Posted by Annapaola Prestia Laboratory of Epidemiology Neuroimaging and Telemedicine, IRCCS Centro San Giovanni di Dio FBF, The National Centre for Research and Care of Alzheimer’s and Mental Diseases, Brescia, Italy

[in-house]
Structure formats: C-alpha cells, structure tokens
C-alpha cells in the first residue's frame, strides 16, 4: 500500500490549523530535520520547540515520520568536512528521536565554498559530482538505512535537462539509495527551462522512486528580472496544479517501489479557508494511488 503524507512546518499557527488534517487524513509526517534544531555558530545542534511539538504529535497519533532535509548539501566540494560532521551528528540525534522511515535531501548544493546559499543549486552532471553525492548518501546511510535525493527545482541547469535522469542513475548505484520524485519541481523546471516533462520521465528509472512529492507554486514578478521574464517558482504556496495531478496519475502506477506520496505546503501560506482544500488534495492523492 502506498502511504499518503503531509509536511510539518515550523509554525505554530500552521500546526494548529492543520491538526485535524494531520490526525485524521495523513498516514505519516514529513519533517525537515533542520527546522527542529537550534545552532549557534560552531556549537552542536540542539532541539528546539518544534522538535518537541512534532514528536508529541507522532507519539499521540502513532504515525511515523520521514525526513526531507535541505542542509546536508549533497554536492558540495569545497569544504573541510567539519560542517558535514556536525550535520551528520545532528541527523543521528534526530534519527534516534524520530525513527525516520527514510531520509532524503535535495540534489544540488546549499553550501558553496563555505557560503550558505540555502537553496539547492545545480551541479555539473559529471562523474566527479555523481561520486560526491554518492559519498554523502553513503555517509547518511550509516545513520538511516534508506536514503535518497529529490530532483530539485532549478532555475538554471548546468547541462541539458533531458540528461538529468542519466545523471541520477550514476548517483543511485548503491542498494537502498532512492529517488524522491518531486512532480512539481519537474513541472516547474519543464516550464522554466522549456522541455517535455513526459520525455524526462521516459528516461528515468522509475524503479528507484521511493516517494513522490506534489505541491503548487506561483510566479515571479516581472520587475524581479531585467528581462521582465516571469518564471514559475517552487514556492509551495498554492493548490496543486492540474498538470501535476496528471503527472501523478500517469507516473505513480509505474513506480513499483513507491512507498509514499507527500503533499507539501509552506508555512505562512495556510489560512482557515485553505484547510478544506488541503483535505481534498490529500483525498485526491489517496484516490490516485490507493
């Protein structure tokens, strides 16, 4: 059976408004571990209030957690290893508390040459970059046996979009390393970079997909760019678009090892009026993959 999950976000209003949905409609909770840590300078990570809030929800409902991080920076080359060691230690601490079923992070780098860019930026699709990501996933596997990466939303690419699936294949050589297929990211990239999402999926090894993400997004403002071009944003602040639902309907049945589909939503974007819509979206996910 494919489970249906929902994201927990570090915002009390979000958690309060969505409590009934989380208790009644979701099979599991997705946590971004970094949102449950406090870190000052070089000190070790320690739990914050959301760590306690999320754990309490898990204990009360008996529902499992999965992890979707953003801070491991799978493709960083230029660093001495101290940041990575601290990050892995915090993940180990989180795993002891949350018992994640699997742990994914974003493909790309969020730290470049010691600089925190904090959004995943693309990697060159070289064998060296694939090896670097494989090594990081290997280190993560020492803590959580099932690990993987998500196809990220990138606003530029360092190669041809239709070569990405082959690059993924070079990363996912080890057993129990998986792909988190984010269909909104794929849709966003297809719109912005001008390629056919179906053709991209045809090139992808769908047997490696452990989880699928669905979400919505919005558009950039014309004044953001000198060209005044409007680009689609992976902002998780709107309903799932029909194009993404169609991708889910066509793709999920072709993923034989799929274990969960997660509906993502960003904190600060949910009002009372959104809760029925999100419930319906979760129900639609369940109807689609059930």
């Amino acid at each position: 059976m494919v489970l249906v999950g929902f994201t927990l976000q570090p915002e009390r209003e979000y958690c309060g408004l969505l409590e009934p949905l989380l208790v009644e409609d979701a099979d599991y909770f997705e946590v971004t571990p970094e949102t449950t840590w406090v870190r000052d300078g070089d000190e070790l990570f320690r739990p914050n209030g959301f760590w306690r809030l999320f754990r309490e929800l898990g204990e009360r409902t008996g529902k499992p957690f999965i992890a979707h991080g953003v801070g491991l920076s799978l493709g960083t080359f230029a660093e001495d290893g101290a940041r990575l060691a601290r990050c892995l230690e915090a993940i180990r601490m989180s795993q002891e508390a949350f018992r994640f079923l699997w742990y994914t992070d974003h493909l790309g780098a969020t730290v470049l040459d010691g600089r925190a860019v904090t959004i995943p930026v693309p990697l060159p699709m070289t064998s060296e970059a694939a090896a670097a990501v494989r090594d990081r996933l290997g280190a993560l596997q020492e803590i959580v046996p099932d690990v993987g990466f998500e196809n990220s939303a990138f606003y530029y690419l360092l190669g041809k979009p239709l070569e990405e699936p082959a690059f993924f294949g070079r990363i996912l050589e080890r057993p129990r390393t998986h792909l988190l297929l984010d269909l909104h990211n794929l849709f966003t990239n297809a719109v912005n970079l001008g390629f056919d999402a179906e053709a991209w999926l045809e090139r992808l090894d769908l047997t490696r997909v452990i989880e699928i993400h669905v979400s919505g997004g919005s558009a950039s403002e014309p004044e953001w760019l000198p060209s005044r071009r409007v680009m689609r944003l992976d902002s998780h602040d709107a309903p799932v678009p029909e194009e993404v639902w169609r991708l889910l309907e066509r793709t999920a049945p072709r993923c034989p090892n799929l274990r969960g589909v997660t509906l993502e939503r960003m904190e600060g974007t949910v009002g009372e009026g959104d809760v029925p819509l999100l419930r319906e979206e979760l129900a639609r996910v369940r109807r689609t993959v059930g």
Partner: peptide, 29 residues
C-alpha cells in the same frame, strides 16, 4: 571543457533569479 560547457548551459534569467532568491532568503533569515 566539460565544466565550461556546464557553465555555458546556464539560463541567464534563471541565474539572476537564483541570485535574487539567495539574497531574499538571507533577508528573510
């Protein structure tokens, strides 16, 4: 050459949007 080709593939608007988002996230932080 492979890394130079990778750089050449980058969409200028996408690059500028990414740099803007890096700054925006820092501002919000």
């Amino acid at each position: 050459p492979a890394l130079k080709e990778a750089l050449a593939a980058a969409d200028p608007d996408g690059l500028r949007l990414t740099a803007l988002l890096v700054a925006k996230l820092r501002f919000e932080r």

In human neuroimaging studies, the hippocampus has been shown to mediate allocentric spatial memory processing, which uses spatial information, such as the relationships among multiple environmental landmarks, to navigate efficiently. This study examined sex differences in healthy adults, using functional magnetic resonance imaging (fMRI) in areas implicated in spatial processing during navigation of a virtual labyrinth, analogue of the Morris water-maze. Healthy middle-age adults (8 women, 8 men) were enrolled in the study. The hippocampus, parahippocampal gyrus, and cingulate cortex were activated in both men and women; additional brain areas involved in spatial processing seemed to be recruited in women when learning information about the environment, by utilizing external cues (landmarks) more than in men, contributing to the observed sex differences in brain activation.